specifically within those categories or be ridiculed. Gilbert and Gubar’s specific focus on literary
criticism in the realm of poetry and other short pieces has expanded the possibilities
of feminist literary contributions today, as they were previously seen as less valid
than longer works. Today, writers like Gloria E. Anzaldúa have
been able to contribute to the feminist canon, while still working with writing forms other
than full-sized novels. In the 1980s, Hazel Carby, Barbara Christian,
bell hooks, Nellie McKay, Valerie Smith, Hortense Spillers, Eleanor Traylor, Cheryl Wall and
Sheryl Ann Williams all contributed heavily to the Black Feminist Scholarship of the period. During that same time, Deborah E. McDowell
published New Directions for Black Feminist Criticism, which called for a more theoretical
school of criticism versus the current writings, which she deemed overly practical. In this essay McDowell also extensively discussed
black women’s portrayal in literature, and how it came across as even more negative than
white women’s portrayal. As time moved forward, the theory began to
disperse in ideology. Many decided to shift towards the nuanced
psychological factors of the Black experience and further away from broad sweeping generalizations. Others began to connect their works to the
politics of lesbianism. Some decided to analyze the Black experience
through their relationship to the Western world. Regardless, these scholars continue to employ
a variety of methods to explore the identity of Black feminism in literature. French scholars such as Julia Kristeva, Hélène
Cixous, Luce Irigaray and Bracha L. Ettinger introduced psychoanalytic discourses into
their work by way of Sigmund Freud and Jacques Lacan as a way to truly “get to the root”
of feminine anxieties within text to manifest broader societal truths about the place of
women.,, Current feminist scholars in the field of literature include Hortense Spillers,
Nancy Armstrong, Annette Kolodny and Irene Tayler who all come from a variety of backgrounds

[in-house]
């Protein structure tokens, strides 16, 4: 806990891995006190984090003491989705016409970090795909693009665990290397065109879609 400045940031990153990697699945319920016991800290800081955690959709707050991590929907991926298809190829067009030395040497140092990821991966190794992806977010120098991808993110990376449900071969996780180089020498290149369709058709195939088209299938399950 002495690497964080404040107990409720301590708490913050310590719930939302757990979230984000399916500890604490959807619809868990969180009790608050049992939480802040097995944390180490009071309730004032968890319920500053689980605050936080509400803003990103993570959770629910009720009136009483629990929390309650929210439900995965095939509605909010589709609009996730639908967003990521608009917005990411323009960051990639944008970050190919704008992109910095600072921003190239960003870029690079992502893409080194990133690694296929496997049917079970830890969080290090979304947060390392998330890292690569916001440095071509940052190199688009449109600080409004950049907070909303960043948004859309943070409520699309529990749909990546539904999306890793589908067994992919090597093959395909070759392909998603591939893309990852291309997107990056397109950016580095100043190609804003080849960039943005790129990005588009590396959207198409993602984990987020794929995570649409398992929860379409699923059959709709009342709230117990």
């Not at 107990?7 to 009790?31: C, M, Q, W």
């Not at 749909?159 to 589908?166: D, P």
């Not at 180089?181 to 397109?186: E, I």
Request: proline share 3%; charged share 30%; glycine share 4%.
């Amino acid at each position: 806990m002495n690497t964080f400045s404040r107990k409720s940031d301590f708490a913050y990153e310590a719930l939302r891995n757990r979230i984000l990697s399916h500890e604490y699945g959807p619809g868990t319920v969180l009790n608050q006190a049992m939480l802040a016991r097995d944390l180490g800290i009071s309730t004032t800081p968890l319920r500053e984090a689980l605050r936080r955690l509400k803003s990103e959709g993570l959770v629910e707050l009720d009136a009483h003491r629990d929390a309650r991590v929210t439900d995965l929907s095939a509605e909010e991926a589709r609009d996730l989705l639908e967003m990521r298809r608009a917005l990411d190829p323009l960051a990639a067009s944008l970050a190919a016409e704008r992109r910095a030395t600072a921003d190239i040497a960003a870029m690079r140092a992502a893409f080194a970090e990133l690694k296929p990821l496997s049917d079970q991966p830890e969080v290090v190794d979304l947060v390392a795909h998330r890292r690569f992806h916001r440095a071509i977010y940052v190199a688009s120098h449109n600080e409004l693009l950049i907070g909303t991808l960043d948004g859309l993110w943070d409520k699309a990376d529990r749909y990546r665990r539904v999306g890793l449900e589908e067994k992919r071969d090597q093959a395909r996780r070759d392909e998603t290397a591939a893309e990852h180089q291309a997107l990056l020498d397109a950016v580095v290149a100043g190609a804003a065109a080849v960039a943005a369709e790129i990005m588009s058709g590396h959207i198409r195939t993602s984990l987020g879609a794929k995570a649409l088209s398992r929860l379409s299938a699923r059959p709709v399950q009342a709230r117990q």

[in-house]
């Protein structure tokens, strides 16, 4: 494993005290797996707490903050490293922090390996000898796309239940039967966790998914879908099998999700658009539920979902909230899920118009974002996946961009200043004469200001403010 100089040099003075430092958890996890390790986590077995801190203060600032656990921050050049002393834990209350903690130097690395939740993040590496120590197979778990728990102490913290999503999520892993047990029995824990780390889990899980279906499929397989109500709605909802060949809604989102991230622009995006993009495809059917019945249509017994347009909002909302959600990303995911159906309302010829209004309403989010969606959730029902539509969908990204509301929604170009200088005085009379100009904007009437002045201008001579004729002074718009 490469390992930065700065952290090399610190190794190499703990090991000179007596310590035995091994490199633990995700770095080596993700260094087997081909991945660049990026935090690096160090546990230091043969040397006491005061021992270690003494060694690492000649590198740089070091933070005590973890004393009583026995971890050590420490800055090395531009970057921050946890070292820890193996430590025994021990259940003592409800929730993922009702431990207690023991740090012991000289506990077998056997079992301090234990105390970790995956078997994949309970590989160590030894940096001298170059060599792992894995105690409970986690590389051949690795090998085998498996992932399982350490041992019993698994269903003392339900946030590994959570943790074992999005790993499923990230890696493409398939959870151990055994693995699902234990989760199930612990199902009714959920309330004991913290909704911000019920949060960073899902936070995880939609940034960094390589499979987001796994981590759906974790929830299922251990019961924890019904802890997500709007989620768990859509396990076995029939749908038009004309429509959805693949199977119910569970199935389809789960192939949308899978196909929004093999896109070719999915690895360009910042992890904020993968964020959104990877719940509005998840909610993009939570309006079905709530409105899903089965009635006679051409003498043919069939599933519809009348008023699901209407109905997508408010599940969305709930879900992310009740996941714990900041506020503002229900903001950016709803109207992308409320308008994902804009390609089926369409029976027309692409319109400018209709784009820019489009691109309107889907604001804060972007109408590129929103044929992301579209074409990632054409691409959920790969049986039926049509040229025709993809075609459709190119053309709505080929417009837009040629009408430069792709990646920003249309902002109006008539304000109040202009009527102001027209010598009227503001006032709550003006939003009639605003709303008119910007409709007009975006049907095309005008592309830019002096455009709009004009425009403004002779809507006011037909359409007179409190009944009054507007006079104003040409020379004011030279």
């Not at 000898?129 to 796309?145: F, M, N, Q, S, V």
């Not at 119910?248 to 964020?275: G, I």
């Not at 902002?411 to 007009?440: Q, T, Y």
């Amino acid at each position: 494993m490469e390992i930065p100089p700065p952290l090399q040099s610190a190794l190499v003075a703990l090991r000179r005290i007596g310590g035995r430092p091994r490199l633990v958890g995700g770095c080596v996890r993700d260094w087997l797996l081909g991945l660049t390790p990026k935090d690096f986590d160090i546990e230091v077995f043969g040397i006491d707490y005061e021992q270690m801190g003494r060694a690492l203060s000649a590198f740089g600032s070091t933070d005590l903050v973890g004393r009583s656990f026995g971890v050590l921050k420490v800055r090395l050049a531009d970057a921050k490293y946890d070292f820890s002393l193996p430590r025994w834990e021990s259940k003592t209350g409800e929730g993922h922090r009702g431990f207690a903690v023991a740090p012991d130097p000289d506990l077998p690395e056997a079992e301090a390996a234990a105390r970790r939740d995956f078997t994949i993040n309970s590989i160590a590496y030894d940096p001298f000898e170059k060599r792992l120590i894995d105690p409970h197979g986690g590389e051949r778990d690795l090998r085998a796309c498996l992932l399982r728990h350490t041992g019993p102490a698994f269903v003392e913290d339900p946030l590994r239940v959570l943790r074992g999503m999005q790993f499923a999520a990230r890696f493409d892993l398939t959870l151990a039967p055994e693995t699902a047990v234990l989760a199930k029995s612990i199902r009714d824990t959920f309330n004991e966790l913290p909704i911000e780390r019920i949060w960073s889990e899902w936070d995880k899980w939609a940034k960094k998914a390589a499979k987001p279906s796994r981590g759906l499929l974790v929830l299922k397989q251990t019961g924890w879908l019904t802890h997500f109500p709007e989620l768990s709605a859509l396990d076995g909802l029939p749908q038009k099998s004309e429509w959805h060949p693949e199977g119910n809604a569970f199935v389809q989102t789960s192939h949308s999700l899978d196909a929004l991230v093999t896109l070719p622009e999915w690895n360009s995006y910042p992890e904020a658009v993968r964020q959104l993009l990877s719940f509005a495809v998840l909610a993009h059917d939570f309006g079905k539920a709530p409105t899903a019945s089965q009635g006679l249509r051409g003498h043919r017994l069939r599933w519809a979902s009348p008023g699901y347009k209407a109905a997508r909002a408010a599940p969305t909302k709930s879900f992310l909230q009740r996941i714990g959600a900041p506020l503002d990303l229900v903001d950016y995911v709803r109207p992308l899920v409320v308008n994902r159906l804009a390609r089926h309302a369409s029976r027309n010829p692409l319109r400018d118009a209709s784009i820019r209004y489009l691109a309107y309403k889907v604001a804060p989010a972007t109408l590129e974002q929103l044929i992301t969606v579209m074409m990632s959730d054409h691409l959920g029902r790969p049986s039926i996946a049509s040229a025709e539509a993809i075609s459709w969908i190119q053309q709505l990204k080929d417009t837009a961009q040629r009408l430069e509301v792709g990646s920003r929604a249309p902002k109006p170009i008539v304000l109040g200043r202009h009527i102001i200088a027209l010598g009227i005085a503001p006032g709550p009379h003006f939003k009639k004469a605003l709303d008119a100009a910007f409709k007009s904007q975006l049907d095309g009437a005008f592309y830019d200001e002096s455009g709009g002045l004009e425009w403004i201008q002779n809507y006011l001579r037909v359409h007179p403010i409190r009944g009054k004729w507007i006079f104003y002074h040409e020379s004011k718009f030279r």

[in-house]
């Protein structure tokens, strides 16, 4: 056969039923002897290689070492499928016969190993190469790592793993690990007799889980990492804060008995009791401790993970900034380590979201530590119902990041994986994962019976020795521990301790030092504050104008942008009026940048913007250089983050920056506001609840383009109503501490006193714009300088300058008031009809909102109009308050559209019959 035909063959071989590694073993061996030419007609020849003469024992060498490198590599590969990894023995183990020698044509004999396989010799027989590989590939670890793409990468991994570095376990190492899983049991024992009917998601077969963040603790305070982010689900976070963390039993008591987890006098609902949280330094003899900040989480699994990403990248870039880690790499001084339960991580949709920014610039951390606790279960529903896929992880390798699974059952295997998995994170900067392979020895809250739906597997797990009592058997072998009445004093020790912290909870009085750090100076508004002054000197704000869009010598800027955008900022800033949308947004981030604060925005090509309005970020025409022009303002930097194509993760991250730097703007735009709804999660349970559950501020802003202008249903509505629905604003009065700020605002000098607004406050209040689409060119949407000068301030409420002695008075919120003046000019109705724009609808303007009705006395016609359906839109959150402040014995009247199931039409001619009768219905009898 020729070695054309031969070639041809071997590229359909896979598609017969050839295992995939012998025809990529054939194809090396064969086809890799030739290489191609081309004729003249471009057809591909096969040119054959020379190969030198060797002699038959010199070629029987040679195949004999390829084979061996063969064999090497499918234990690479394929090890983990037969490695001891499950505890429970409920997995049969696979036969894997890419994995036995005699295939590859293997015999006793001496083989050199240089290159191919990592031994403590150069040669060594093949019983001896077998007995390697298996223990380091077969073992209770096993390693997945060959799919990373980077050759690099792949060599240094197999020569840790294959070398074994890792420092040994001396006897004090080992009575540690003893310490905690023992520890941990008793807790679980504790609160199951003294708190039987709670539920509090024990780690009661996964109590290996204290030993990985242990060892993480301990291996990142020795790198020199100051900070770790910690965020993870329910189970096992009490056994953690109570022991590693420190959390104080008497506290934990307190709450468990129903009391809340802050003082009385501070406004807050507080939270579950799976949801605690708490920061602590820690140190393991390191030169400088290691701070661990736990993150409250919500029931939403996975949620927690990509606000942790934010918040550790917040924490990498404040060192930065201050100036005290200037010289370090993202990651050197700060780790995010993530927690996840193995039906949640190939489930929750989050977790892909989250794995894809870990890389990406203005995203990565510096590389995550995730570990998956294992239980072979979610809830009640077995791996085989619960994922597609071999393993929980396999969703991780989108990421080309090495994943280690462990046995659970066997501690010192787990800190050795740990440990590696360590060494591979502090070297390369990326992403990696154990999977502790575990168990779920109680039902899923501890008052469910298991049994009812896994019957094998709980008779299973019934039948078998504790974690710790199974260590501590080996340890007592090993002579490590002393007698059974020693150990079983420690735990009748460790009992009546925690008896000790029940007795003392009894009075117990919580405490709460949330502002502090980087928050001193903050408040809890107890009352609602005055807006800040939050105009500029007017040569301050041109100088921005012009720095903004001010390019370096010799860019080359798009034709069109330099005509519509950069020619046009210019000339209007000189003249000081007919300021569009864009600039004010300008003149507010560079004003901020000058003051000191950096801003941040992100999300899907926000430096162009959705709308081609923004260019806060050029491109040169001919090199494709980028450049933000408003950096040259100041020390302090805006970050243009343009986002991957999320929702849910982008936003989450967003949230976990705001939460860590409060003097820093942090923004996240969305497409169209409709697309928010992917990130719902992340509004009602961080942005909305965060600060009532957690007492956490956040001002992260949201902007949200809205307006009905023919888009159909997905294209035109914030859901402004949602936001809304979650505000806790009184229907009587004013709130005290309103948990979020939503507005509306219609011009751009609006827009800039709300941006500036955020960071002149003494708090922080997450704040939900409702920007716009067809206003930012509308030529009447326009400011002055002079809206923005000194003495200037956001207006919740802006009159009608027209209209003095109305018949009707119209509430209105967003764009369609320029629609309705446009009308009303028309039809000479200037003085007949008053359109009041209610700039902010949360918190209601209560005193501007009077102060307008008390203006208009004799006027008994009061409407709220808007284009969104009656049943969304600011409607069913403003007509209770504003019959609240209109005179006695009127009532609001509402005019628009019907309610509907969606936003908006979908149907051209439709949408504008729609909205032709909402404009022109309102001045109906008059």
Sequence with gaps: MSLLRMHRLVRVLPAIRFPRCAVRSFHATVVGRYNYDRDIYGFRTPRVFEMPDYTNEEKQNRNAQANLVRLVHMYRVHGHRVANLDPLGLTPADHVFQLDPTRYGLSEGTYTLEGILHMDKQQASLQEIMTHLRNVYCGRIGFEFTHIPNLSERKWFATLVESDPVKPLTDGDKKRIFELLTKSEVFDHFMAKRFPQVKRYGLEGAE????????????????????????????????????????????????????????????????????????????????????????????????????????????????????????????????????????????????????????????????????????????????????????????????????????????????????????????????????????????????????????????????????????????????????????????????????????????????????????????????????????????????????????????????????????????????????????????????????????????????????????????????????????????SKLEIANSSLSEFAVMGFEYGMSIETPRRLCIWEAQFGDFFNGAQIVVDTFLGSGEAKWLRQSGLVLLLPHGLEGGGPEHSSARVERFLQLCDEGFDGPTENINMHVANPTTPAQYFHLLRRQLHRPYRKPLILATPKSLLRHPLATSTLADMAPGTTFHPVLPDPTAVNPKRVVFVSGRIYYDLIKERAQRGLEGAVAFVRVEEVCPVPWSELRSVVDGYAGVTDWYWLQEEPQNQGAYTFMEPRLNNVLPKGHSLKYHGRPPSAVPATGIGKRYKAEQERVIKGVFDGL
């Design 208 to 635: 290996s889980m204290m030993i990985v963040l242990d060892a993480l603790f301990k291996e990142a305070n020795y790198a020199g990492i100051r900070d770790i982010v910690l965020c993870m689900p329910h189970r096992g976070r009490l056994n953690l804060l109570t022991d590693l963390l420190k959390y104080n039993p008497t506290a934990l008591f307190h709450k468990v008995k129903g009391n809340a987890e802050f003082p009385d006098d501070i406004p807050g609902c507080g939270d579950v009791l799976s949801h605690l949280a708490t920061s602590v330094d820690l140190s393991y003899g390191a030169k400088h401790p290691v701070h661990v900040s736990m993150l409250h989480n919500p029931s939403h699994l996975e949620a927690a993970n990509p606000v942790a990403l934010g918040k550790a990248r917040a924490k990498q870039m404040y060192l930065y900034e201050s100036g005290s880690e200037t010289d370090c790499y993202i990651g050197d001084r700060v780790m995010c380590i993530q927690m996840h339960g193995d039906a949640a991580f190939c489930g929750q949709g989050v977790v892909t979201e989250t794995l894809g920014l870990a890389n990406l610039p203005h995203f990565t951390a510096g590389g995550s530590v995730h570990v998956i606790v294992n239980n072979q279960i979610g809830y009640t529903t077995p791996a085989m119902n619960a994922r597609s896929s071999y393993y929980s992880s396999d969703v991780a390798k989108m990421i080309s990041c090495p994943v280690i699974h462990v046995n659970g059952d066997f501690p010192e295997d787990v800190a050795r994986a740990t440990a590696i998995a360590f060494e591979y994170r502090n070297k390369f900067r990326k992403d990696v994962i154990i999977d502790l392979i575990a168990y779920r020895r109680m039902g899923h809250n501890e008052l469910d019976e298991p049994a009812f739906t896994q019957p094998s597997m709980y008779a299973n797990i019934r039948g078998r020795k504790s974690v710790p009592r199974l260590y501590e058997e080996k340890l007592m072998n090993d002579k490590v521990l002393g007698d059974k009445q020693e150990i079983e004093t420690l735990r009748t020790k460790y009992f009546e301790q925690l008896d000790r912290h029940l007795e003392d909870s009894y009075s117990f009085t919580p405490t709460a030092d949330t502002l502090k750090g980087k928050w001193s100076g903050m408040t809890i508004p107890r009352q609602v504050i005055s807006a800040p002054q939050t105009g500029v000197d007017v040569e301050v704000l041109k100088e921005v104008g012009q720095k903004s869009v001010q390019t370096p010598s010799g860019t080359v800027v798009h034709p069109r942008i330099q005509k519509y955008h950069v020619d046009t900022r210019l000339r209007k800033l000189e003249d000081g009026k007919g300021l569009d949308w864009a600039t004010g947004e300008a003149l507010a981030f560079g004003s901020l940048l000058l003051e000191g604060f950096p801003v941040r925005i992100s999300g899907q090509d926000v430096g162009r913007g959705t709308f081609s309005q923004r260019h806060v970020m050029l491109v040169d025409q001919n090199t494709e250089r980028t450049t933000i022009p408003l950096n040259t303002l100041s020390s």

who use their own nuanced and subjective experiences to inform their understanding of feminist
literature. Currently, several university scholars all
employ the usage of literary feminism when critiquing texts. The mainstreaming of this school has given
academia an extremely useful tool in raising questions over the gender relationships within
texts.==Modern applications==
As with other aspects of feminist theory, over the course of the second half of twentieth
century feminist literary criticism has expanded to include a significantly broader spectrum
of identities under the umbrella term of ‘feminism.’ Third wave feminist theory and beyond has
striven to include more identities and aspects of intersectionality, and feminist literary
criticism has followed suit. Third wave feminism and feminist literary
criticism is concerned more with the intersection of race and other feminist concerns. As a result, the variety and nature of texts
examined has grown to include more texts from transnational perspective, while still maintaining
its roots in analyzing how male dominated society effects the interpretation and creation
of literature. At the same time, new feminist literary critics
examine the universal images used by women writers to uncover the unconscious symbolism
women have used to describe themselves, their world, female society across time and nationalities
to uncover the specifically feminine language in literature. New Feminist literature and criticism minimize
the focus on male influences and disruptions in a woman’s text by socio-political hegemony
to better uncover the universal unconscious of the female mind in its own context.==References=====Further reading===
Judith Butler. Gender Trouble. ISBN 0-415-92499-5. Sandra Gilbert and Susan Gubar. The Madwoman in the Attic: The Woman Writer
and the Nineteenth-Century Literary Imagination. ISBN 0-300-08458-7. Toril Moi. Sexual/Textual Politics: Feminist Literary
Theory. ISBN 0-415-02974-0; ISBN 0-415-28012-5 (second
edition). Rita Felski, “Literature After Feminism” ISBN
0-226-24115-7 Annette Kolodny. “Dancing through the Minefield: Some Observations
on the Theory, Practice, and Politics of a Feminist Literary Criticism.” Adele Reinhartz. “Jewish Women’s Scholarly Writings on the
Bible.” Elisabeth Fiorenza, feminist Bible scholar. Susan Fraiman “The Humiliation of Elizabeth
Bennett” Robbin Hillary VanNewkirk “Third Wave Feminist
History and the Politics of Being Visible and Being Real”http://scholarworks.gsu.edu/cgi/viewcontent.cgi?article=1000&context=wsi_theses
Elaine Showalter A Literature of their Own: British Women Novelists from Bronte to Lessing. ISBN 978-0691004761 (Expanded Edition)
Hélène Cixous The Laugh of the Medusa. ISBN 978-0415049306
Mary Eagleton, Feminist Literary Theory: A Reader. ISBN 978-1405183130==External links==
The “Feminist Theory and Criticism” article series from the Johns Hopkins Guide to Literary
Theory and Criticism (subscription required): 1963-1972
Anglo-American Feminisms Poststructuralist Feminisms
Materialist Feminisms